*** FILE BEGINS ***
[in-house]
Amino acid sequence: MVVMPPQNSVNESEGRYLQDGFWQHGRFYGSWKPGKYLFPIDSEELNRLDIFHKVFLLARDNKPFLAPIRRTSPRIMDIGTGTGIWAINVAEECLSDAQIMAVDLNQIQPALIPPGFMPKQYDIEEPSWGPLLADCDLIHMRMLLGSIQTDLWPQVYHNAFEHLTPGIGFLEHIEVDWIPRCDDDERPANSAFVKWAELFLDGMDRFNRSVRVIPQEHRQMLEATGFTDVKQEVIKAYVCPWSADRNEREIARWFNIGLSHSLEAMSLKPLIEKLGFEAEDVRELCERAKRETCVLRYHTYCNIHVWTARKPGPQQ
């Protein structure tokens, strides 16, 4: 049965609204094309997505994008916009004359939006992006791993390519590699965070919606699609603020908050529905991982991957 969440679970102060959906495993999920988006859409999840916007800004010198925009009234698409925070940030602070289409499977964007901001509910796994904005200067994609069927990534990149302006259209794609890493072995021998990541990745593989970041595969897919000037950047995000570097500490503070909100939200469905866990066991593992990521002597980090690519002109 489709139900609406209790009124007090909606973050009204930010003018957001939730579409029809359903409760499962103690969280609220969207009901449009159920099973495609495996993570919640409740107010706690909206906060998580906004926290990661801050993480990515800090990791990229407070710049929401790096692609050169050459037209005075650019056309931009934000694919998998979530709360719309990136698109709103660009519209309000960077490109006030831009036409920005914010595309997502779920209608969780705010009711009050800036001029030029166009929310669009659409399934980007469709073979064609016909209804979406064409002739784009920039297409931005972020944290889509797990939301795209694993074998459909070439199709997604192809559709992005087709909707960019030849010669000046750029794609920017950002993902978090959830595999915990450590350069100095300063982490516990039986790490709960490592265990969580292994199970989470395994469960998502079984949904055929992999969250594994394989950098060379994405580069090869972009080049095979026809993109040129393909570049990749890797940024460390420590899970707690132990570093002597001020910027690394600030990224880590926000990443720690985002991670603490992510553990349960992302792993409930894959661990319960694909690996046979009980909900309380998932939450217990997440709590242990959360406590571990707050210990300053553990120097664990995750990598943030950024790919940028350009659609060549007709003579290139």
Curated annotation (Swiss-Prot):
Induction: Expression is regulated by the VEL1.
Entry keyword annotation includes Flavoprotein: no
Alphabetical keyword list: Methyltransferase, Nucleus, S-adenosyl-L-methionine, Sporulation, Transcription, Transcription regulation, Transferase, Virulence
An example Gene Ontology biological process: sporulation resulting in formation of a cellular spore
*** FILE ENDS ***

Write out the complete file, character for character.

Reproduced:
[in-house]
Amino acid sequence: MVVMPPQNSVNESEGRYLQDGFWQHGRFYGSWKPGKYLFPIDSEELNRLDIFHKVFLLARDNKPFLAPIRRTSPRIMDIGTGTGIWAINVAEECLSDAQIMAVDLNQIQPALIPPGFMPKQYDIEEPSWGPLLADCDLIHMRMLLGSIQTDLWPQVYHNAFEHLTPGIGFLEHIEVDWIPRCDDDERPANSAFVKWAELFLDGMDRFNRSVRVIPQEHRQMLEATGFTDVKQEVIKAYVCPWSADRNEREIARWFNIGLSHSLEAMSLKPLIEKLGFEAEDVRELCERAKRETCVLRYHTYCNIHVWTARKPGPQQ
């Protein structure tokens, strides 16, 4: 049965609204094309997505994008916009004359939006992006791993390519590699965070919606699609603020908050529905991982991957 969440679970102060959906495993999920988006859409999840916007800004010198925009009234698409925070940030602070289409499977964007901001509910796994904005200067994609069927990534990149302006259209794609890493072995021998990541990745593989970041595969897919000037950047995000570097500490503070909100939200469905866990066991593992990521002597980090690519002109 489709139900609406209790009124007090909606973050009204930010003018957001939730579409029809359903409760499962103690969280609220969207009901449009159920099973495609495996993570919640409740107010706690909206906060998580906004926290990661801050993480990515800090990791990229407070710049929401790096692609050169050459037209005075650019056309931009934000694919998998979530709360719309990136698109709103660009519209309000960077490109006030831009036409920005914010595309997502779920209608969780705010009711009050800036001029030029166009929310669009659409399934980007469709073979064609016909209804979406064409002739784009920039297409931005972020944290889509797990939301795209694993074998459909070439199709997604192809559709992005087709909707960019030849010669000046750029794609920017950002993902978090959830595999915990450590350069100095300063982490516990039986790490709960490592265990969580292994199970989470395994469960998502079984949904055929992999969250594994394989950098060379994405580069090869972009080049095979026809993109040129393909570049990749890797940024460390420590899970707690132990570093002597001020910027690394600030990224880590926000990443720690985002991670603490992510553990349960992302792993409930894959661990319960694909690996046979009980909900309380998932939450217990997440709590242990959360406590571990707050210990300053553990120097664990995750990598943030950024790919940028350009659609060549007709003579290139």
Curated annotation (Swiss-Prot):
Induction: Expression is regulated by the VEL1.
Entry keyword annotation includes Flavoprotein: no
Alphabetical keyword list: Methyltransferase, Nucleus, S-adenosyl-L-methionine, Sporulation, Transcription, Transcription regulation, Transferase, Virulence
An example Gene Ontology biological process: sporulation resulting in formation of a cellular spore